Monaghan ‘Embarrassed’ By Browne KO Loss; Readier For Barrera

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By Keith Idec

The biggest fight of Sean Monaghan’s boxing career was over before he even knew what hit him.

Marcus Browne, a regular sparring partner and friend, drilled Monaghan with a straight left hand that dropped him just 39 seconds into their nationally televised fight in July 2017. Monaghan managed to make it out of that disastrous first round, but Browne hurt him badly with a right hook only 30 seconds into the following round.

Their scheduled 10-rounder, the fight Monaghan had hoped would legitimize him as a light heavyweight contender, was stopped just 40 seconds into the second round. Monaghan has another opportunity to get back into championship contention Saturday night, when the Long Island-based boxer will encounter Cuba’s Sullivan Barrera in a 10-round main event at Aviator Sports & Events Center in Brooklyn.

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The Barrera-Monaghan match will be streamed live via Facebook Watch on Golden Boy’s Fight Night Page (9 p.m. ET/6 p.m. PT).

“I’ve definitely got a chip on my shoulder,” Monaghan said during a conference call recently. “I was embarrassed by that loss. Maybe my head got a little too big for myself. I didn’t really even think [that type of knockout] was possible. I’ve never been down in my life – in the ring or even in sparring. I got put down with a shot and was kind of dazed.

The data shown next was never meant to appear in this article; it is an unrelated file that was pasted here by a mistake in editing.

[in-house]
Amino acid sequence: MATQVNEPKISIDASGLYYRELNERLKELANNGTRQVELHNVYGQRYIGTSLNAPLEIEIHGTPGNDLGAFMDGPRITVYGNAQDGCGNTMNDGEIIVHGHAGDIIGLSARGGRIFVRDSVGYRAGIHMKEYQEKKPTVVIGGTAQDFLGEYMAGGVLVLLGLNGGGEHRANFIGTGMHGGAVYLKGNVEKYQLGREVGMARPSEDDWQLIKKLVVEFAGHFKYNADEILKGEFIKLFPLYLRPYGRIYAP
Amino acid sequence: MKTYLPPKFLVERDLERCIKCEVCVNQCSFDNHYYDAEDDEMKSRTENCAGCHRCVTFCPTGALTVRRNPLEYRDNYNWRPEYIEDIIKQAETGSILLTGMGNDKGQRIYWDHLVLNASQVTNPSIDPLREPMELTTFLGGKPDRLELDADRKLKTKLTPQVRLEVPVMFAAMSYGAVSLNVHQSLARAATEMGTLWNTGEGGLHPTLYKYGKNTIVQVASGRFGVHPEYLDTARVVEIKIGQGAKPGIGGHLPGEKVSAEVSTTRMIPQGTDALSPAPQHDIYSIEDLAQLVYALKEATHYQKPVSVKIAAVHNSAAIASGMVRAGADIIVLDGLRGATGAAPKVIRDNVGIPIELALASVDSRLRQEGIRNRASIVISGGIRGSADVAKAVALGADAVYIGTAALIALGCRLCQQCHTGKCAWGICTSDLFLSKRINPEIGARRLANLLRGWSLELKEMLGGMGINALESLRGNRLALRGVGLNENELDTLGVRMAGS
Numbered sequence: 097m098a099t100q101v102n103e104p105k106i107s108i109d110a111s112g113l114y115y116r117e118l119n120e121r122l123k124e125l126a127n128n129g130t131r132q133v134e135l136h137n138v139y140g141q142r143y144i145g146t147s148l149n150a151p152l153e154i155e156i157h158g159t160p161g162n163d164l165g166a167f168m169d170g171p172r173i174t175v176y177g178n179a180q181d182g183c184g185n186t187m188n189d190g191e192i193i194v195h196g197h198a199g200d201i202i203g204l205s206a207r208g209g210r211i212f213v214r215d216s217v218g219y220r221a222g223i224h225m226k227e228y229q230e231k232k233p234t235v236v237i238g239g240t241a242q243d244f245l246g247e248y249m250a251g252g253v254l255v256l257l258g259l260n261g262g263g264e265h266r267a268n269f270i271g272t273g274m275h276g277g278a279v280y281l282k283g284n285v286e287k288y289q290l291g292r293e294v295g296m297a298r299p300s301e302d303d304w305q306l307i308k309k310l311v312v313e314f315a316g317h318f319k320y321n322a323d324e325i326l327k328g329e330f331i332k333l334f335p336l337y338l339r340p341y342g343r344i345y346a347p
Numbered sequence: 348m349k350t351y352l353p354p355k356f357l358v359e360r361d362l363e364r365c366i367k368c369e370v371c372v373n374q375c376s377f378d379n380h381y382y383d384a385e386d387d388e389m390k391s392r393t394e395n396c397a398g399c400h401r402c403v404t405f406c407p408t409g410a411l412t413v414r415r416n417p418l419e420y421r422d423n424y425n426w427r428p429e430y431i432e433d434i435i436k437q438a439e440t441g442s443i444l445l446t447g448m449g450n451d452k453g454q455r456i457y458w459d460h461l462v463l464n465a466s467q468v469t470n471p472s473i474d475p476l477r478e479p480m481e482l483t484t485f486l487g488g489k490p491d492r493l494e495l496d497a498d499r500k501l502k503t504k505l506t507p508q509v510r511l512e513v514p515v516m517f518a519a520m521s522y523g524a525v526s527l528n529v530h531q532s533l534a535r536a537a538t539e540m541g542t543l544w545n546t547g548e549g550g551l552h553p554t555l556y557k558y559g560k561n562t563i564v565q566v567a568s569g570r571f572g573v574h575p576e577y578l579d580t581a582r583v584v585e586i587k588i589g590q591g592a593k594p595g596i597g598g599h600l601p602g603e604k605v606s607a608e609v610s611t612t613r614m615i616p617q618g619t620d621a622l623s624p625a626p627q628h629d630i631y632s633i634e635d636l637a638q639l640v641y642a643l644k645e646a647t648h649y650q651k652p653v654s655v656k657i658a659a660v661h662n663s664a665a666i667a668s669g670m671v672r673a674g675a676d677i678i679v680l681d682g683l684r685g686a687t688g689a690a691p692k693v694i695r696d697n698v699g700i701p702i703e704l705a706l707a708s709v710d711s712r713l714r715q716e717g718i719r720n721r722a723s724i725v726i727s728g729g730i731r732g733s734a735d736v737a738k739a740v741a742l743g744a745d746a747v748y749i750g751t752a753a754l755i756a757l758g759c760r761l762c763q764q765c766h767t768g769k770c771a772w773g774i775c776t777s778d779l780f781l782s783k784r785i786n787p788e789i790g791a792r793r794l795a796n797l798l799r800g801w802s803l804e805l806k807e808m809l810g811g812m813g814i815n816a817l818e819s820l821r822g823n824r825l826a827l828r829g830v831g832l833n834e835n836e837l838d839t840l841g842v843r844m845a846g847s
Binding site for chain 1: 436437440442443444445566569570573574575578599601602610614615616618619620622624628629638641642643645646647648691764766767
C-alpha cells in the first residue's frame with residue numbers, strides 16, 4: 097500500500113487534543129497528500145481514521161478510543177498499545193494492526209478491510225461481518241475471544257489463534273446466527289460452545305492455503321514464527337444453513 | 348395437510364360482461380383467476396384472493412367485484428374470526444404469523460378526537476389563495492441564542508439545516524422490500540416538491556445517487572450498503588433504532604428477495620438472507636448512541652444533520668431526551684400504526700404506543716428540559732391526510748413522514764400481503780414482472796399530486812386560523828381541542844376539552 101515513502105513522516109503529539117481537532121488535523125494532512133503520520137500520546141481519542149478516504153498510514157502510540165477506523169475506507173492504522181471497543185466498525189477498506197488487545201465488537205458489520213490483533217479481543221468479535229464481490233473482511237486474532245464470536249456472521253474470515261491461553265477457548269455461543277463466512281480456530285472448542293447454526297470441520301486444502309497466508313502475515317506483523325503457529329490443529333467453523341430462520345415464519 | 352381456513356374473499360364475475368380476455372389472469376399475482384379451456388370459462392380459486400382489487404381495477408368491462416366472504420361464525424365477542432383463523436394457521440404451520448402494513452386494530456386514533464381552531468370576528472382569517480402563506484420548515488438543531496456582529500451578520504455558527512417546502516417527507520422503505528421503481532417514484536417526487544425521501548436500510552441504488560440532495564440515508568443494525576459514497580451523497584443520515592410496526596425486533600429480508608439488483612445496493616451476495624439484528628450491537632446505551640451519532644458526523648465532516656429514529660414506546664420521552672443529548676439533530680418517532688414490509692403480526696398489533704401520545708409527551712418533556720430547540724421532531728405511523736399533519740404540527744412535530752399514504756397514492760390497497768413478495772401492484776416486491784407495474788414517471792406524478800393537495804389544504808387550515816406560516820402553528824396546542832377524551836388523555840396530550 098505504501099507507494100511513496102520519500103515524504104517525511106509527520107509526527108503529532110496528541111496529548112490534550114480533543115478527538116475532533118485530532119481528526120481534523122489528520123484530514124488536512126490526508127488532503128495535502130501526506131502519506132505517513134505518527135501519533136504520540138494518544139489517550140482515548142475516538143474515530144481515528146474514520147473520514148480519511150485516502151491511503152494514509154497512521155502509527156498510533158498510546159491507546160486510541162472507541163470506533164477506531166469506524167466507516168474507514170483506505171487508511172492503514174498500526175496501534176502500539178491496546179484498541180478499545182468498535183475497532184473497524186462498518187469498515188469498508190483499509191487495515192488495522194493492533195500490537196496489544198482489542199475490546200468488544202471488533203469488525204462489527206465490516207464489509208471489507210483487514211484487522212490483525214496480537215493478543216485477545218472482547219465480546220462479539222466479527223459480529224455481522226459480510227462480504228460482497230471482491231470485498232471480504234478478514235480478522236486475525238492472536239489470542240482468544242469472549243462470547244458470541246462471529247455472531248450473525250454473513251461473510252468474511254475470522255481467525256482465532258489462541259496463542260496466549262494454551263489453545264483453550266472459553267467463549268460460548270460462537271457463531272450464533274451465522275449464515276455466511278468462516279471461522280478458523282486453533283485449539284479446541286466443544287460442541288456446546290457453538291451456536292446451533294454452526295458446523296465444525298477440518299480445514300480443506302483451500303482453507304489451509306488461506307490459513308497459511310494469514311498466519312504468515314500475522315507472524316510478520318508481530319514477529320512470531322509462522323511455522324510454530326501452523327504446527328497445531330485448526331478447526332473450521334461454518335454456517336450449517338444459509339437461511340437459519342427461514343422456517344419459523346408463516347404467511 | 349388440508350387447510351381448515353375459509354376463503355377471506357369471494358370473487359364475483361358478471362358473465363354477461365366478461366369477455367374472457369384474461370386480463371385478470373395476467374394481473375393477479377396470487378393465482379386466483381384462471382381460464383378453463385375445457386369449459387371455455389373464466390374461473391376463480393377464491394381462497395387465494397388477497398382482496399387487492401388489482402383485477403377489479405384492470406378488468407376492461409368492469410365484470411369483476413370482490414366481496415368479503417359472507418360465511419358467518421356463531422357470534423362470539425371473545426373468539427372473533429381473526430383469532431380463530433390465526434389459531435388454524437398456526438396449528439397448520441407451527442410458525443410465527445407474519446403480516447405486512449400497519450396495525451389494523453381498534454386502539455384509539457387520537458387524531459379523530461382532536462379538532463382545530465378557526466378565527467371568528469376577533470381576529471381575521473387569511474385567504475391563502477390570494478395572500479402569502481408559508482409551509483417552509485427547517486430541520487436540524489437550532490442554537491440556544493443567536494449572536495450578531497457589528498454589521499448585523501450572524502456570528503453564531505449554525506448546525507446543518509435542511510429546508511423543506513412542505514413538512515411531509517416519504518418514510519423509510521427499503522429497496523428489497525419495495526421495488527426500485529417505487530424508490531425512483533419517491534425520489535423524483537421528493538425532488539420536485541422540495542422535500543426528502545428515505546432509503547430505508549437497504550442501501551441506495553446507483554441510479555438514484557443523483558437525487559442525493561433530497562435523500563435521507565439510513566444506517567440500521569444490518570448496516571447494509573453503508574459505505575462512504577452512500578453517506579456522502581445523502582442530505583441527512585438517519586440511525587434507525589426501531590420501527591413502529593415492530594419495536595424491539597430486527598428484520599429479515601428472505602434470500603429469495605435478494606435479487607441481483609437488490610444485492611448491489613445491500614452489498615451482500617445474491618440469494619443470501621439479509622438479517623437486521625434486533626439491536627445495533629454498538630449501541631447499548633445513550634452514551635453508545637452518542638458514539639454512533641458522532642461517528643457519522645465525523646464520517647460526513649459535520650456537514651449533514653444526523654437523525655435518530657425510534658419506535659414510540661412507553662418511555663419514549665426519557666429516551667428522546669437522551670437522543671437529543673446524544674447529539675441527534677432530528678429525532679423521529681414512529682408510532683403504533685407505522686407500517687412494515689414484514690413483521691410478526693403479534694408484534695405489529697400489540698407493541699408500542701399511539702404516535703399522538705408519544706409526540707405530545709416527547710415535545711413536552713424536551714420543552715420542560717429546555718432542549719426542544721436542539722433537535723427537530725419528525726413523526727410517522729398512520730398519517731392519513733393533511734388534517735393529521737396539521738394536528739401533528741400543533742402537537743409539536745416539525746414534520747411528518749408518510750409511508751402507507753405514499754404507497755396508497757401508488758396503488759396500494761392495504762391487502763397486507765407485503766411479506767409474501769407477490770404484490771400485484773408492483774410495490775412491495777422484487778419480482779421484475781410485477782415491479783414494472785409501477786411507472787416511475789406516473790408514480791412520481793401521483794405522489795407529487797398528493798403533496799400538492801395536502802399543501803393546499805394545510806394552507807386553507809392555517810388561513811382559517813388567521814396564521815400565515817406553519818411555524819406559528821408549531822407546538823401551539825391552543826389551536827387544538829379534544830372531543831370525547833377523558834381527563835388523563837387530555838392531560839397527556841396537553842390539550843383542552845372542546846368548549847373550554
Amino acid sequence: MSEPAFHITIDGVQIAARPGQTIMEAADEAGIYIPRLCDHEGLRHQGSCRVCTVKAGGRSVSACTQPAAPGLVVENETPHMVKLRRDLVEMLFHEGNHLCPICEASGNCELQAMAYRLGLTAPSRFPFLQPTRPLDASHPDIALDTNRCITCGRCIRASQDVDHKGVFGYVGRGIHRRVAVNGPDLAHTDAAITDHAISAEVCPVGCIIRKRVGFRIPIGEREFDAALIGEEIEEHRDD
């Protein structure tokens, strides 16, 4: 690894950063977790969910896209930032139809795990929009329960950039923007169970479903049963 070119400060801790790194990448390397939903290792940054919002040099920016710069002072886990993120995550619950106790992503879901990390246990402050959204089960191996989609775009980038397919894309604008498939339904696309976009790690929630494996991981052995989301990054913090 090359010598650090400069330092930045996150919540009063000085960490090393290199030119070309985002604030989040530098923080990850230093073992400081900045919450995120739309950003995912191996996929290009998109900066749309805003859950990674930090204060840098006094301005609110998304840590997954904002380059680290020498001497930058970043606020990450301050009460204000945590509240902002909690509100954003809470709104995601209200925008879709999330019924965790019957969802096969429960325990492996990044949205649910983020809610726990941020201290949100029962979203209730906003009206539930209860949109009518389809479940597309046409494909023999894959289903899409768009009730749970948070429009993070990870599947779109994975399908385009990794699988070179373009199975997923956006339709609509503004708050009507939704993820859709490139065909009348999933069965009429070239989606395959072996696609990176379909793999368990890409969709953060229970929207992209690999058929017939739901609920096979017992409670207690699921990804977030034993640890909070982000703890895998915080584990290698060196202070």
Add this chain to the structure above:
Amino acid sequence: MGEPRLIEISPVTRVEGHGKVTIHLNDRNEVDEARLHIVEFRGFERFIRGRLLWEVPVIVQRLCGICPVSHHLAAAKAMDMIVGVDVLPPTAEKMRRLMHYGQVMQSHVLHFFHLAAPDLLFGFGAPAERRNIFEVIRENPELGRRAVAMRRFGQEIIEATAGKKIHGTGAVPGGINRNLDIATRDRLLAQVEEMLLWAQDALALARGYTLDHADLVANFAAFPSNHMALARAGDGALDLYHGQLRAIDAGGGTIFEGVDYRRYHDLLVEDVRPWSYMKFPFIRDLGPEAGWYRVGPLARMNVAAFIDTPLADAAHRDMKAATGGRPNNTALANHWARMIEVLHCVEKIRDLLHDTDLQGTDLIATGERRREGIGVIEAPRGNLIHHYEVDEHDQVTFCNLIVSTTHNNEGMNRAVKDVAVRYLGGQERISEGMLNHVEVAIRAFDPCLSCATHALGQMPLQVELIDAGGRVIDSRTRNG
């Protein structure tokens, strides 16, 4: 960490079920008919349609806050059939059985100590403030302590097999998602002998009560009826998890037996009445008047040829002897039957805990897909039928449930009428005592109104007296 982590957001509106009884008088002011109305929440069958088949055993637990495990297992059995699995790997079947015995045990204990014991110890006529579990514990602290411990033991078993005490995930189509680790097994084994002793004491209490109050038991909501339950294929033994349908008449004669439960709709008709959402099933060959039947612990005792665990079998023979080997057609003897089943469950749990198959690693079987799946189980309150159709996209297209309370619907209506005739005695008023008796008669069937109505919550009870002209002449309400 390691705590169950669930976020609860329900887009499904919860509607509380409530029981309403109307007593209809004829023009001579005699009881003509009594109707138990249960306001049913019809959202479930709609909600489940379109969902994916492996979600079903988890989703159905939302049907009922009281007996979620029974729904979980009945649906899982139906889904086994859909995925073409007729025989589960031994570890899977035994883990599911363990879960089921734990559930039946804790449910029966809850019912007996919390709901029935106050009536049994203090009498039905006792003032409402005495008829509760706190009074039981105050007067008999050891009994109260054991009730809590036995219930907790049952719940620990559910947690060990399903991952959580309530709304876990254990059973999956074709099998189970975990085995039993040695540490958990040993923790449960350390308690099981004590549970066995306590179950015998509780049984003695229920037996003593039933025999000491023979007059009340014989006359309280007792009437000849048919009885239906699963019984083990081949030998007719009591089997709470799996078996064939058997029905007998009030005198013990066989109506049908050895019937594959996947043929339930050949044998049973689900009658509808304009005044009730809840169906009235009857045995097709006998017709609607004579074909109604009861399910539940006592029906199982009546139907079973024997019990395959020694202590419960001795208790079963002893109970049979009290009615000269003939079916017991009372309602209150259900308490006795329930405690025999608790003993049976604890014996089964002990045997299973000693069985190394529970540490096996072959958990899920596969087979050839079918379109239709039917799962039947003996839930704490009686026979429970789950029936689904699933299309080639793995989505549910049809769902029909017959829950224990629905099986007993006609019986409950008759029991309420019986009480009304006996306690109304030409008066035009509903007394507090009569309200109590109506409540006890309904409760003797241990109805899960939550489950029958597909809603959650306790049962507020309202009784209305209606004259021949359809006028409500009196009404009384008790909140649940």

“I learned a big lesson. I’ll never put myself in that position again. I’ll gather myself up and keep on fighting. I’ve seen Barrera do it many times. It was just a bad experience, but it’s probably better to have that experience going into a fight with Barrera than never having that experience before. I’m more seasoned and I took what I can from that, and I moved on.”

Monaghan might’ve moved on, but he hasn’t forgotten the invaluable lessons he learned when the bigger, stronger Browne overwhelmed him.

“With the loss to Marcus, it’s gonna actually end up helping me in the long run,” Monaghan said. “I took a learning lesson from that. I walked into the ring half asleep. I’ve been known to kind of be too calm before fights. I calm myself down in the locker room. I walked into that fight half asleep and the next thing, it was over.”

The 36-year-old Barrera (21-2, 14 KOs) has more losses than the 37-year-old Monaghan (29-1, 17 KOs), but two elite, undefeated light heavyweights beat him (Andre Ward, Dmitry Bivol). Miami’s Barrera will fight for the first time since Bivol stopped him in the 12th round March 3 in The Theater at Madison Square Garden.

“I know how dangerous Barrera is,” Monaghan said, “and I know I’ll be switched on as soon as the opening bell rings.”

Keith Idec is a senior writer/columnist for BoxingScene.com. He can be reached on Twitter @Idecboxing.




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